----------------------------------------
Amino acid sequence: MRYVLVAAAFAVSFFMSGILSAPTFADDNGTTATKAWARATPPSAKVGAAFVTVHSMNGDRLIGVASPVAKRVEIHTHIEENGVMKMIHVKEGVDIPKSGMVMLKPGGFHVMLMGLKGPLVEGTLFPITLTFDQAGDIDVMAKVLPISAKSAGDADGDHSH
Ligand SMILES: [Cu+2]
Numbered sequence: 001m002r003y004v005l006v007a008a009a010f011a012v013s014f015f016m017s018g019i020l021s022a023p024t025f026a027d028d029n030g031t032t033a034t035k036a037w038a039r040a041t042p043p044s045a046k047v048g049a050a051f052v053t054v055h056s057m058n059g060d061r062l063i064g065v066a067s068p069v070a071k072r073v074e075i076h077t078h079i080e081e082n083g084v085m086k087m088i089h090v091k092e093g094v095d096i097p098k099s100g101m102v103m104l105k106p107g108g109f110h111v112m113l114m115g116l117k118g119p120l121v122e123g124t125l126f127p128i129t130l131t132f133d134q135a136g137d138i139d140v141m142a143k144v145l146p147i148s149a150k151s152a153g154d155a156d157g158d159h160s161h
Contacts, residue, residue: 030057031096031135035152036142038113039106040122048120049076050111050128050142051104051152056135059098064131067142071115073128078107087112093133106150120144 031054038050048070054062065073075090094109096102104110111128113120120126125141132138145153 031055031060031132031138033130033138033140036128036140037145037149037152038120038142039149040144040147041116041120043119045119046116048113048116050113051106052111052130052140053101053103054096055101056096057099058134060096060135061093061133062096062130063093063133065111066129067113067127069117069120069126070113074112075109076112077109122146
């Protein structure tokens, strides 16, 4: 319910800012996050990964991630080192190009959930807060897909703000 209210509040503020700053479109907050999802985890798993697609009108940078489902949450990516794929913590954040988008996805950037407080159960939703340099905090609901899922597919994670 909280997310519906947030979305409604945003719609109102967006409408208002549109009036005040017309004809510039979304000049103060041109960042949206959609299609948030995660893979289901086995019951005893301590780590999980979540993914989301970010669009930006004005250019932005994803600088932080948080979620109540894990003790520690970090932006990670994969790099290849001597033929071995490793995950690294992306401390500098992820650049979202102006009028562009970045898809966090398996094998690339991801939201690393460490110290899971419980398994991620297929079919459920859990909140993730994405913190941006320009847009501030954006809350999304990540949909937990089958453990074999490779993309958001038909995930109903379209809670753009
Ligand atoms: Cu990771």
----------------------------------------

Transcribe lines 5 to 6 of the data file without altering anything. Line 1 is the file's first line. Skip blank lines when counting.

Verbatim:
């Protein structure tokens, strides 16, 4: 319910800012996050990964991630080192190009959930807060897909703000 209210509040503020700053479109907050999802985890798993697609009108940078489902949450990516794929913590954040988008996805950037407080159960939703340099905090609901899922597919994670 909280997310519906947030979305409604945003719609109102967006409408208002549109009036005040017309004809510039979304000049103060041109960042949206959609299609948030995660893979289901086995019951005893301590780590999980979540993914989301970010669009930006004005250019932005994803600088932080948080979620109540894990003790520690970090932006990670994969790099290849001597033929071995490793995950690294992306401390500098992820650049979202102006009028562009970045898809966090398996094998690339991801939201690393460490110290899971419980398994991620297929079919459920859990909140993730994405913190941006320009847009501030954006809350999304990540949909937990089958453990074999490779993309958001038909995930109903379209809670753009
Ligand atoms: Cu990771």